Information for clinical trial

Amblyopia (Lazy eye disorder) is the most common cause of visual impairment in childhood, affecting up to 3 percent of the population. In a new approach for treating amblyopia, the information to the brain is distributed between the two eyes in a complementary fashion. A falling-blocks puzzle-game is used to train the brain so that both the eyes work together binocularly.

A formal clinical trial of the binocular approach implemented on a portable device is currently in progress. The clinical trial sites would be in Montreal (Canada), Waterloo (near Toronto, Canada) and Auckland (New Zealand). If the trial is positive we hope that the treatment will become widely available.

Products or games that are downloaded from the web are not affiliated with this group.

Some articles and websites that detail the scientific basis of this new innovative treatment approach:

article on McGill website

Dichoptic training enables the adult amblyopic brain to learn
Jinrong Li, Benjamin Thompson, Daming Deng, Lily Y.L. Chan, Minbin Yu, and Robert F. Hess
Current Biology, 2013, 23(8) pp. R308 - R309 [link]

A Game Platform for Treatment of Amblyopia
Long To, Benjamin Thompson, Jeffrey R. Blum, Goro Maehara, Robert F. Hess, and Jeremy R. Cooperstock
IEEE Transactions On Neural Systems And Rehabilitation Engineering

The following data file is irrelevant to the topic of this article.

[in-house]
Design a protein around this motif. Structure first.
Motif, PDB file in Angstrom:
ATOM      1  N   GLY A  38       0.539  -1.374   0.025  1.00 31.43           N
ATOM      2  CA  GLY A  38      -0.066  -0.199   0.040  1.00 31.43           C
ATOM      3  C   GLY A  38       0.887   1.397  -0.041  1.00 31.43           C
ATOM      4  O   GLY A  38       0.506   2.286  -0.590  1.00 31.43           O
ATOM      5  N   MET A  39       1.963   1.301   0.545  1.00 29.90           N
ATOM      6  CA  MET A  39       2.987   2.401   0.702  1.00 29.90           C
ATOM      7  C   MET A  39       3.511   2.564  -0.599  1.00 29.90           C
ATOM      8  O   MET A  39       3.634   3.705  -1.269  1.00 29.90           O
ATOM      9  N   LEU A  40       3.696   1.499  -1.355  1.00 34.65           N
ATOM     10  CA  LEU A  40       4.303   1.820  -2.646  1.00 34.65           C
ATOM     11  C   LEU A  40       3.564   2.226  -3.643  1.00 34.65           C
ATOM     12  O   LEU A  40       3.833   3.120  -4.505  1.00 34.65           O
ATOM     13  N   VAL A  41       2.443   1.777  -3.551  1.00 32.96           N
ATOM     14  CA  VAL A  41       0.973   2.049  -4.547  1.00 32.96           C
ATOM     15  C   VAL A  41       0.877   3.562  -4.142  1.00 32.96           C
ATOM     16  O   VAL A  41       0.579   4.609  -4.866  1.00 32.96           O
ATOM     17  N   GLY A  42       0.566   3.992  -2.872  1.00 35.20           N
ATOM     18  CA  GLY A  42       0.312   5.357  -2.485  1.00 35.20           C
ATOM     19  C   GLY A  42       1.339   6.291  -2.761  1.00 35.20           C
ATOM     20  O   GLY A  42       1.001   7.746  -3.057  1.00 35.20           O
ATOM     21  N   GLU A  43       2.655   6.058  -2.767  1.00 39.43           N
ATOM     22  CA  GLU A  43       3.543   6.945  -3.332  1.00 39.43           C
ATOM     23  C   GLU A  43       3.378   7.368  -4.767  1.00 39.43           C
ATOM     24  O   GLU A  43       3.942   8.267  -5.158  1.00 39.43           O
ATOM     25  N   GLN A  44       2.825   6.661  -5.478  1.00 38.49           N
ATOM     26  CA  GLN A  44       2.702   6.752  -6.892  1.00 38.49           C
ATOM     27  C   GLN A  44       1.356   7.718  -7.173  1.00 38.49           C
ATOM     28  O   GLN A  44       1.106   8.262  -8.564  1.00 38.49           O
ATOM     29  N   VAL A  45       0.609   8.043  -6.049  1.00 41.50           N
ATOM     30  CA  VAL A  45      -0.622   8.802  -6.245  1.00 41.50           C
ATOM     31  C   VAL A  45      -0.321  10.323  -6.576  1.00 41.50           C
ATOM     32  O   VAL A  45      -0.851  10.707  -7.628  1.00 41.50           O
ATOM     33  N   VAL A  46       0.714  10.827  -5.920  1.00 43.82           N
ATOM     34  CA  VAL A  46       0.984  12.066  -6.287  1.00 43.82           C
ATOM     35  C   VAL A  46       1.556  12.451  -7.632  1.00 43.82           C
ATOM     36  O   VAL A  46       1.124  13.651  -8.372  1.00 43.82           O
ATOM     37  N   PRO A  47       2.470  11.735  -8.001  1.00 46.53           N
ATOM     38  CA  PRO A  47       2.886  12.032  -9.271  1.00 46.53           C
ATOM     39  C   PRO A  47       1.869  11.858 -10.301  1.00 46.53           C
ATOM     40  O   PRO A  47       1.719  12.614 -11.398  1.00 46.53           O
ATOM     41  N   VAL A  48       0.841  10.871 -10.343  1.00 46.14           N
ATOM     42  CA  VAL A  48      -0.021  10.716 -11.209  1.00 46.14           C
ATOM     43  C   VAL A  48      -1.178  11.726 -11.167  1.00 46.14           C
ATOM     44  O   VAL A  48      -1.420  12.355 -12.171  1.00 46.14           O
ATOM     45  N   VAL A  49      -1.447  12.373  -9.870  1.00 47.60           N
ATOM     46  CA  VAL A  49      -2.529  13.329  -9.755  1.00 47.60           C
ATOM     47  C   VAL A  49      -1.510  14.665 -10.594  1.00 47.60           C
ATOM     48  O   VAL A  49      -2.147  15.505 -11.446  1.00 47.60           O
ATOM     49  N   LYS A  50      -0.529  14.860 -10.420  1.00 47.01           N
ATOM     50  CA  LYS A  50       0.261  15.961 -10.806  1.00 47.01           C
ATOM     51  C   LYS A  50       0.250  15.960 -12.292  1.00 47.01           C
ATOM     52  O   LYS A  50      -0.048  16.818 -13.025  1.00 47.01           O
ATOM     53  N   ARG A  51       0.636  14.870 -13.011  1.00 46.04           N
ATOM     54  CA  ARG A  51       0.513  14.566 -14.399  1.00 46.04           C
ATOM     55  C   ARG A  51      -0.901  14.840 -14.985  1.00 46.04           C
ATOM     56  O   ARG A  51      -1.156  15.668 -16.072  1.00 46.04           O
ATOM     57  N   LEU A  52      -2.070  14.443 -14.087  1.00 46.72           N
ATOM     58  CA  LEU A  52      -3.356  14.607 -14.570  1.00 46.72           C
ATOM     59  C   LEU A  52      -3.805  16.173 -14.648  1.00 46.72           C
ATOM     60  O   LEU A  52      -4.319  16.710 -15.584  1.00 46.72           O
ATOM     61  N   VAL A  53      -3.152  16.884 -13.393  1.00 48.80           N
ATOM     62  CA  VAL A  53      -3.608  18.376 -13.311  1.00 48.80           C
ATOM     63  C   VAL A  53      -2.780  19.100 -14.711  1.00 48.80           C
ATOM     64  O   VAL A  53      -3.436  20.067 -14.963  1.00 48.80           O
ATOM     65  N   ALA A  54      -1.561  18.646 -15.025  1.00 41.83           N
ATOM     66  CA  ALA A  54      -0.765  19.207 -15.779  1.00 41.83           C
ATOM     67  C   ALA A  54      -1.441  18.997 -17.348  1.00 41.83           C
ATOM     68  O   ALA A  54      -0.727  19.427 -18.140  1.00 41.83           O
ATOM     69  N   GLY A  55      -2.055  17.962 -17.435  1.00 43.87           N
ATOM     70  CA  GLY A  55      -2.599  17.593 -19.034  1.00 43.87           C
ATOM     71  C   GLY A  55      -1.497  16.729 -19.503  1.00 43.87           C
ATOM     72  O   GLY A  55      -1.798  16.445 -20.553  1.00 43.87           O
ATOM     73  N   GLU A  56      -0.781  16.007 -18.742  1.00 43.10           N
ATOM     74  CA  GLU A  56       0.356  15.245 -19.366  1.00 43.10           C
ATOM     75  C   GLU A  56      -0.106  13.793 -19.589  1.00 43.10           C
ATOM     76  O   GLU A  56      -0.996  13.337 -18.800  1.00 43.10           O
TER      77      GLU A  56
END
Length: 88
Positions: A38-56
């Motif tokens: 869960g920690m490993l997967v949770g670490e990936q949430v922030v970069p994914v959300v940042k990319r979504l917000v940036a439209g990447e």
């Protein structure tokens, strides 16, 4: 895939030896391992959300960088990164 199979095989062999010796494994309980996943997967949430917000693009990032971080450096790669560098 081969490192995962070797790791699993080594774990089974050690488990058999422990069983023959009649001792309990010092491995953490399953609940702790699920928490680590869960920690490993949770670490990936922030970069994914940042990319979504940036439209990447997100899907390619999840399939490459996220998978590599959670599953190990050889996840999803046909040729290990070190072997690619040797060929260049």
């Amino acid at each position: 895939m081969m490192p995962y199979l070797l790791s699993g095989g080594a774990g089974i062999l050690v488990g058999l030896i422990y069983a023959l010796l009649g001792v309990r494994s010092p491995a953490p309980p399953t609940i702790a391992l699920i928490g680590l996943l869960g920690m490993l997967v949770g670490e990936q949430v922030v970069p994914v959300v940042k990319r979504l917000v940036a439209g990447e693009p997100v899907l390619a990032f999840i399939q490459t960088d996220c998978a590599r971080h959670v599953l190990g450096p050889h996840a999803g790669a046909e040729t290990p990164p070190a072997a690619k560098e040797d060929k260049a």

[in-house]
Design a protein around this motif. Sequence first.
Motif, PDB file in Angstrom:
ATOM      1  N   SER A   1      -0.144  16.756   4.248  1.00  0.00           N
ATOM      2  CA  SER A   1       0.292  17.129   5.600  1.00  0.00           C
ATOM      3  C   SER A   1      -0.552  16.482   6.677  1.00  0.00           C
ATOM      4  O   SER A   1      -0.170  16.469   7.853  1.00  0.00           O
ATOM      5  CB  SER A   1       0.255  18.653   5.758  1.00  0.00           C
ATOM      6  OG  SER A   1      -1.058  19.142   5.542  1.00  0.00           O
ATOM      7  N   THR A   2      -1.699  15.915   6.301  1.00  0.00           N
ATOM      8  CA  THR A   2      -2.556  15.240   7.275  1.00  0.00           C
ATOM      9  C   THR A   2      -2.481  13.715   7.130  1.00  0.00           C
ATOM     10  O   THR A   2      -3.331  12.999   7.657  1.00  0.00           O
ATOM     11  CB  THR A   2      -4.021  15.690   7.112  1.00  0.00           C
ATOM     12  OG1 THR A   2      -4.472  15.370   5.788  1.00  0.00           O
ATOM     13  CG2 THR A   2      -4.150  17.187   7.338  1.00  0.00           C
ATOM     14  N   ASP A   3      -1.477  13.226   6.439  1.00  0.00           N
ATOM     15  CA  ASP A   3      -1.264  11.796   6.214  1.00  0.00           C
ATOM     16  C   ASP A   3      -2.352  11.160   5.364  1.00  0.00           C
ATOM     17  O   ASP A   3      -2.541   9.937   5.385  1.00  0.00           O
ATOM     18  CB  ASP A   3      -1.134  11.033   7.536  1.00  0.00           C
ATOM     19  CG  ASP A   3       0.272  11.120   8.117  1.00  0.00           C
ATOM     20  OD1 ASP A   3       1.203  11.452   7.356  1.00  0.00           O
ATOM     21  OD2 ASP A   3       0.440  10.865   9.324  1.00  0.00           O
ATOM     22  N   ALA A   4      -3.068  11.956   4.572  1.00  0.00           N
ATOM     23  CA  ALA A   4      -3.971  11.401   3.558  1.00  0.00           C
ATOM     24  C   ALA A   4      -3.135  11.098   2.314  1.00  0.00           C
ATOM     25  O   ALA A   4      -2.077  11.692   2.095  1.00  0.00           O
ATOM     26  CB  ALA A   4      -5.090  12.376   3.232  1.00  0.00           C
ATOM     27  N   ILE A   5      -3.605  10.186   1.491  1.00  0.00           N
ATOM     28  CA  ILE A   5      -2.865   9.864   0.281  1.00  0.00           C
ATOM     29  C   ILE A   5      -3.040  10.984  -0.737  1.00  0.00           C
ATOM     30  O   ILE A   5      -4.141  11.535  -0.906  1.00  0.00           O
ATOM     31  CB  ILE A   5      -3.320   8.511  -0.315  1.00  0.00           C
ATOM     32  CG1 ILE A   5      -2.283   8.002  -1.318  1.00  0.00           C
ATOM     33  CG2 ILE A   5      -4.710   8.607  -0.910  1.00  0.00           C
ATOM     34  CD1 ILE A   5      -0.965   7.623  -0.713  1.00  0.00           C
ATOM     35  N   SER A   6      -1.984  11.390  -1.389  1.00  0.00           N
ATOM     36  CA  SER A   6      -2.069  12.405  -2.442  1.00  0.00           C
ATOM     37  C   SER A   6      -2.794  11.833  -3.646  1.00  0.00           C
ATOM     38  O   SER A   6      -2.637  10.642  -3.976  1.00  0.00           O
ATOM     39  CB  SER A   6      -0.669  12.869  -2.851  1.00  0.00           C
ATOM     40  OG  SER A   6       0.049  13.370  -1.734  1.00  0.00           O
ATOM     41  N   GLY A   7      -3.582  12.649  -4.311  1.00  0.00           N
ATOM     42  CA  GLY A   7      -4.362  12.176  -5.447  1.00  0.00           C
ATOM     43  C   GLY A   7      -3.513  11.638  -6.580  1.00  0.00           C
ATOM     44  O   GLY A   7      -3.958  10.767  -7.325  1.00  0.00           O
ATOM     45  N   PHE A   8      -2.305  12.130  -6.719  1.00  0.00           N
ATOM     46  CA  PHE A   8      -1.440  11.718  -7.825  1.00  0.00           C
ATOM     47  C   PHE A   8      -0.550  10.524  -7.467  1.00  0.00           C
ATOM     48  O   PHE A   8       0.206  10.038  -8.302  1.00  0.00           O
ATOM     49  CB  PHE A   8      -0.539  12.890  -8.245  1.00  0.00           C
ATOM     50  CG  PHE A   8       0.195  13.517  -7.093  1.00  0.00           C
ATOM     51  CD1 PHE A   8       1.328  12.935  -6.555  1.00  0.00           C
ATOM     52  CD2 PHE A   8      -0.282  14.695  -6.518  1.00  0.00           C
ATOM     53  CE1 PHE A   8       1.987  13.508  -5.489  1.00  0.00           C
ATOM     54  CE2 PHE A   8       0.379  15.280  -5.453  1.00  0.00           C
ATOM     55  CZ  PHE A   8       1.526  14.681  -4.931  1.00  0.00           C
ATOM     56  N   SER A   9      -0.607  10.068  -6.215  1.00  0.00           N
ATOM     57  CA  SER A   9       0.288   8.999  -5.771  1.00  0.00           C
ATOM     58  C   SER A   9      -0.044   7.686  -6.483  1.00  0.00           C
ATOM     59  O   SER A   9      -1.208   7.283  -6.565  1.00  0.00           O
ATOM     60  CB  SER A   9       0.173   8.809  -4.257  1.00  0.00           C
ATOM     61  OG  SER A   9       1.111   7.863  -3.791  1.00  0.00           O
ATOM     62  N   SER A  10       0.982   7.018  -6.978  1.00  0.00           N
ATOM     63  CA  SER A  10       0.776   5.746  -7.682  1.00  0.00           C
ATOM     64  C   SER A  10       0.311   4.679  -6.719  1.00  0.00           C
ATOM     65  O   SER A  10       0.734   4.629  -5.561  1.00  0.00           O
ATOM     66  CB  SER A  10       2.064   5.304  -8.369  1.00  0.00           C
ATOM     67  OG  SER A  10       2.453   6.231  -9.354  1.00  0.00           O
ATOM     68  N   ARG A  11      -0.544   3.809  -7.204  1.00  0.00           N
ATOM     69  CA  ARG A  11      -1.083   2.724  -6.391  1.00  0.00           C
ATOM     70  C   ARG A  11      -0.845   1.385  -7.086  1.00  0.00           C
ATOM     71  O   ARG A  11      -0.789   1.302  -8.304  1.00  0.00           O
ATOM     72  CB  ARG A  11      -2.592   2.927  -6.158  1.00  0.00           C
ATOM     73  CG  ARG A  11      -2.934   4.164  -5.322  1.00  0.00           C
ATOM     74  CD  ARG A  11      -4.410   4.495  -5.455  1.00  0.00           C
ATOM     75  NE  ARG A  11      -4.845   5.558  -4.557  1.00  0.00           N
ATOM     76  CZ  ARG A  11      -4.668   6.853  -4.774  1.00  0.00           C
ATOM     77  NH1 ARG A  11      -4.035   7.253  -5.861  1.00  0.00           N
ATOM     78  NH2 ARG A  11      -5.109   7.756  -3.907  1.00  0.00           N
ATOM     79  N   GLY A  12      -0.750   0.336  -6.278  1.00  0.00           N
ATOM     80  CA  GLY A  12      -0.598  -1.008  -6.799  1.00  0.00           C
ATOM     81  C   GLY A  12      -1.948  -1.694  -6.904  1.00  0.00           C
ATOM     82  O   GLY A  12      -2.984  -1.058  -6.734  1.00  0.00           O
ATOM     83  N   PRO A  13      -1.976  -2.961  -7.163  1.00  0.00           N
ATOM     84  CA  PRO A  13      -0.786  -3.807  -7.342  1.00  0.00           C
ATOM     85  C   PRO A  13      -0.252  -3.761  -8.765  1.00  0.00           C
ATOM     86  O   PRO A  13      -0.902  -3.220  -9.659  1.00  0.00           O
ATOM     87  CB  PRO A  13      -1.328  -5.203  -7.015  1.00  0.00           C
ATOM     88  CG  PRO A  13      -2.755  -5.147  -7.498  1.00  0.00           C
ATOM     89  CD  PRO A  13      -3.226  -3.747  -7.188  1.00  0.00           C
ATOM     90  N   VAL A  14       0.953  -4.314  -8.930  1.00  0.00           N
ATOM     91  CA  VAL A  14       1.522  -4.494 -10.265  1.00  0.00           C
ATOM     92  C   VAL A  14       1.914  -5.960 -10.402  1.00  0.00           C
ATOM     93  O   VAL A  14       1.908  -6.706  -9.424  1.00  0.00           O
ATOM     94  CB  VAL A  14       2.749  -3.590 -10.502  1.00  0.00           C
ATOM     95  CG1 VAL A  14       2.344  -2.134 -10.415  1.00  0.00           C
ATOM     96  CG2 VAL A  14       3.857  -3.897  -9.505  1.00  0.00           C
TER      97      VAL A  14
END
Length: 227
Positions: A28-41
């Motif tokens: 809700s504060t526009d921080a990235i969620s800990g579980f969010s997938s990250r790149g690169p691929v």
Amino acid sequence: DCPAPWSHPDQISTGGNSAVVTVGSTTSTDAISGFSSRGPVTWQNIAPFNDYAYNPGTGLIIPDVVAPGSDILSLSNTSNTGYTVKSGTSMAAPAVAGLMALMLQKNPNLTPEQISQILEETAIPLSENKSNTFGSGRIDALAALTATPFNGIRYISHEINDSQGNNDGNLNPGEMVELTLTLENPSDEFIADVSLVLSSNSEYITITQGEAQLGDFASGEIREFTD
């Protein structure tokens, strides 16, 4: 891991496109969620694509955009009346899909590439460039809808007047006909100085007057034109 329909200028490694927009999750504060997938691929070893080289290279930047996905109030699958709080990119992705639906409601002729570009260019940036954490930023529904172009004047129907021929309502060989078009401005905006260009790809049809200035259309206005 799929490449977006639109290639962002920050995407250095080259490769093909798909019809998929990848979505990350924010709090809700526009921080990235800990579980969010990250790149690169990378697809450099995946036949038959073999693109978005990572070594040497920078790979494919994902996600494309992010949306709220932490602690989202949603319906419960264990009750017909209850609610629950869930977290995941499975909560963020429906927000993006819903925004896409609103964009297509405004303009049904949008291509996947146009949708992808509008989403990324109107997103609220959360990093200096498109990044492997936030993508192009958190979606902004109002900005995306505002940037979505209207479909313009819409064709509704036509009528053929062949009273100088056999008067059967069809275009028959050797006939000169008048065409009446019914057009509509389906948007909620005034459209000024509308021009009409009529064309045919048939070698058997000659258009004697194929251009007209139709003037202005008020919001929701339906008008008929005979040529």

, 2011, 19(3), pp. 280-289 [link]

A binocular approach to treating amblyopia: Antisuppression therapy.
Hess, R.F., Mansouri, B. & Thompson, B.  
Optometry & Vision Science, 2010, 87(9), 697-704.

A new binocular approach to the treatment of amblyopia in adults well beyond the critical period of visual development.
Hess, R.F., Mansouri, B. & Thompson, B.  
Restorative Neurology & Neuroscience, 2010, 28(6), pp. 793-802. [link]

A compact clinical instrument for quantifying suppression.
Hess, R. F., Thompson, B and Maehara, G.
Optometry & Vision Science, 2010, 87, pp. 697-704 [link]

The role of suppression in amblyopia.
Li, J Lam, C, Chen, L and Hess, R. F.
Investigative. Ophthalmology and Vision Science.2011, 52(7) pp. 167-4176 [link]

Please fill this form if you want to participate in this study or obtain more information

- Please note that the clinical trial only is recruiting individuals with lazy eye due to difference in refractive error between the 2 eyes (anisometropia) or an eye turn. At this time we are unable to enrol participants with deprivation amblyopia caused by problems such as cataract. Please also note that the McGill local is only able to recruit adult participants (18+). The Waterloo School of Optometry will be recruiting from 7+ years of age.
- This study is a clinical trial, which involves playing a falling blocks game on an iPod that is loaned to you for the period of training. Participants are asked to play the game for at least 1 to 2 hours a day for 6 weeks. There are 5 visits to the study site at 3, 6, 12 and 24 weeks after having been given the game and the baseline eligibility visit.
- As this is a clinical trial there is both a treatment and placebo group. The placebo group will not receive the actual treatment. We will not be able to tell which group you are randomly assigned to until the end of the study.The participants who are in the placebo group will be given the actual treatment free of cost at the end of the study if the trial is positive.
- The treatment is not designed to treat an eye turn but is designed to improve vision in the amblyopic/lazy eye.